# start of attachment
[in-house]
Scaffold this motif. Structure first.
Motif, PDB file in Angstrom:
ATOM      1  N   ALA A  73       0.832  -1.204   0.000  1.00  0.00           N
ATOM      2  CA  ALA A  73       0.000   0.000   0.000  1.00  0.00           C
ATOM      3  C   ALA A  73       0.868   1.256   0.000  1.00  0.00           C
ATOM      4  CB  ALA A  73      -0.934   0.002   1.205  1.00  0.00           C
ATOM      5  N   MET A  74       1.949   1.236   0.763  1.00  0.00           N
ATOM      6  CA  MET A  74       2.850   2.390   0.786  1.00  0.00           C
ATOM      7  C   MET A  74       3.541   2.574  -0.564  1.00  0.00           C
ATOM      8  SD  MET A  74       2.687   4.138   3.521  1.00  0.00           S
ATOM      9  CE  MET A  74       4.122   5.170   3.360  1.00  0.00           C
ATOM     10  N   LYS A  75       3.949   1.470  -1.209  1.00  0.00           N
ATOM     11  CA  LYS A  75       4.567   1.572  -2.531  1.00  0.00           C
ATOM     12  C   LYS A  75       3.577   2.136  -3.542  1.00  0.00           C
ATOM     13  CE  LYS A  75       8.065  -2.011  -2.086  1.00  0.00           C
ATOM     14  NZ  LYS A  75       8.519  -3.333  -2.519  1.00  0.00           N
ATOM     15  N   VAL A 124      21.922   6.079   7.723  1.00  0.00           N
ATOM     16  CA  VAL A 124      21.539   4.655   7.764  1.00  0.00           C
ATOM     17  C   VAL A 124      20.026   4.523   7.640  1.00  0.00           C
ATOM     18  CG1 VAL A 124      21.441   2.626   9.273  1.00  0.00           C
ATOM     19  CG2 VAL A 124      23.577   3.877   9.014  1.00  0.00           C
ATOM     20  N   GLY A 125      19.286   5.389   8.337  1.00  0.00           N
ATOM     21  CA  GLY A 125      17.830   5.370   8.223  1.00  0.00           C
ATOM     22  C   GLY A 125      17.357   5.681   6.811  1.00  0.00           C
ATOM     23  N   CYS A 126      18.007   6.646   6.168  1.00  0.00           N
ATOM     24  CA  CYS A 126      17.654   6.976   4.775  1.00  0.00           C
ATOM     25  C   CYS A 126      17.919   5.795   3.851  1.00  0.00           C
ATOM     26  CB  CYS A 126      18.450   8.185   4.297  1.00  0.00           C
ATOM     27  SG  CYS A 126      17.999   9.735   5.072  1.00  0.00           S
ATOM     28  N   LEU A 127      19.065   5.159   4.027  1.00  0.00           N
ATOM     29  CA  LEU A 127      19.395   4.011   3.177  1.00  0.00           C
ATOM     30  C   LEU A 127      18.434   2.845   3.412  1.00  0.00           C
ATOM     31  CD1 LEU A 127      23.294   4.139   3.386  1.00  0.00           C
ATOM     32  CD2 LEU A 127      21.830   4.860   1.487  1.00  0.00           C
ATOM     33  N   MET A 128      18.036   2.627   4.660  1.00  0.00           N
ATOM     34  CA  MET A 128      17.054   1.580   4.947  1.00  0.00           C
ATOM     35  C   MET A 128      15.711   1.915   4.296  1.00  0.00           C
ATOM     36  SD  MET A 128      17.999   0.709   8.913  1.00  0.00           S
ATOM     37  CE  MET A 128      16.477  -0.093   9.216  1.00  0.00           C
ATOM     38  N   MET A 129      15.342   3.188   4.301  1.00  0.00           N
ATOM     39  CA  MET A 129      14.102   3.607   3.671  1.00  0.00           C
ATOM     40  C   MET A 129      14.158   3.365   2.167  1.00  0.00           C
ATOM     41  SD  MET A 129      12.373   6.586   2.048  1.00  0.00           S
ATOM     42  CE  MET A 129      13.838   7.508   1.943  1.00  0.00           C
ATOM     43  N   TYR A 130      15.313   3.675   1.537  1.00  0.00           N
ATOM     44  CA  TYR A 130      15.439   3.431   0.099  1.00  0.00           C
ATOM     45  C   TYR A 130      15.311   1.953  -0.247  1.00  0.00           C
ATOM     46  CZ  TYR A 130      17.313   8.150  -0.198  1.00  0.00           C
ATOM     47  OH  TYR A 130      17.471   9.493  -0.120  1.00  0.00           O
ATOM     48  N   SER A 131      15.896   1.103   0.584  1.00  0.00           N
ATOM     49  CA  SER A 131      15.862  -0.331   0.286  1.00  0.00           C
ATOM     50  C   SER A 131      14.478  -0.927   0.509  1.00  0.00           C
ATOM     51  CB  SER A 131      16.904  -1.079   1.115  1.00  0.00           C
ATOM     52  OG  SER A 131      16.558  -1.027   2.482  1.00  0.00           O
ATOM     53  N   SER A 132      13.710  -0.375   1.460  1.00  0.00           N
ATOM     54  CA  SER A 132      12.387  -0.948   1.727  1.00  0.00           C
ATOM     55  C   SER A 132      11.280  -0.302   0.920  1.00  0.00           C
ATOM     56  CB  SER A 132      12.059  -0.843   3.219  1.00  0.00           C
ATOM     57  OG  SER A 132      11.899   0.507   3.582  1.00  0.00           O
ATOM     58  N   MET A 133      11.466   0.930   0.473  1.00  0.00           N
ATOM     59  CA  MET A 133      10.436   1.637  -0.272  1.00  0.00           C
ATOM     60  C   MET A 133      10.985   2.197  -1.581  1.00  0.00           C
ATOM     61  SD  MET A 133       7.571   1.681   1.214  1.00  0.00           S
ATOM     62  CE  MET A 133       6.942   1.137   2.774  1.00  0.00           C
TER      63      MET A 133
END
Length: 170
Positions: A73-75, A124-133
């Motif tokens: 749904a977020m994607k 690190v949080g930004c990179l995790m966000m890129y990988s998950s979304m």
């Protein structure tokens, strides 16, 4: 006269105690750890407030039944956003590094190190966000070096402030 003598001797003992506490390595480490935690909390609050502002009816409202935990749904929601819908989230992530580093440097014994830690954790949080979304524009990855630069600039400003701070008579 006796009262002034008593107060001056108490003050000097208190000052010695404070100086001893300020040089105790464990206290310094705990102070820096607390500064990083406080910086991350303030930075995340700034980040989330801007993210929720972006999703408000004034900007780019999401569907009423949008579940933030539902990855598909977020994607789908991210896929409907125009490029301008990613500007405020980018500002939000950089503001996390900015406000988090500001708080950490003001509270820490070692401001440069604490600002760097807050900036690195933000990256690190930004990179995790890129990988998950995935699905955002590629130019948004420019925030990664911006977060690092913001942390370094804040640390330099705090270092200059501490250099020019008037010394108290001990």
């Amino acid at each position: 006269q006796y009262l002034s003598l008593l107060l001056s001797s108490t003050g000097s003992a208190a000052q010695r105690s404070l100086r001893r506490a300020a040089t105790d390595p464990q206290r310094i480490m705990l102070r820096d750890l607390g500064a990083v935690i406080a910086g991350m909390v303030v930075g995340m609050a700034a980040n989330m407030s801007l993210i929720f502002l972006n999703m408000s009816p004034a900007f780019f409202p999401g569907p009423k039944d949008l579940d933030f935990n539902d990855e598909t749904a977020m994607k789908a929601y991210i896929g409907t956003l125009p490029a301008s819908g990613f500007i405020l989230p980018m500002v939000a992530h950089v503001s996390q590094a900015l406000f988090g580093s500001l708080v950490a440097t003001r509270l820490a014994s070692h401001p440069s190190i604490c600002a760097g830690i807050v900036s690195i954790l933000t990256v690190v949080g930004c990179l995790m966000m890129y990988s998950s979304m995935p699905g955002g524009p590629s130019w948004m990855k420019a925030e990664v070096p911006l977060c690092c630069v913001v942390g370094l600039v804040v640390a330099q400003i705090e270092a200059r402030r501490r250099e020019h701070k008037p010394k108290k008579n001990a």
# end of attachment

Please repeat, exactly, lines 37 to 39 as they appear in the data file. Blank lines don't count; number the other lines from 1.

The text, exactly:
ATOM     34  CA  MET A 128      17.054   1.580   4.947  1.00  0.00           C
ATOM     35  C   MET A 128      15.711   1.915   4.296  1.00  0.00           C
ATOM     36  SD  MET A 128      17.999   0.709   8.913  1.00  0.00           S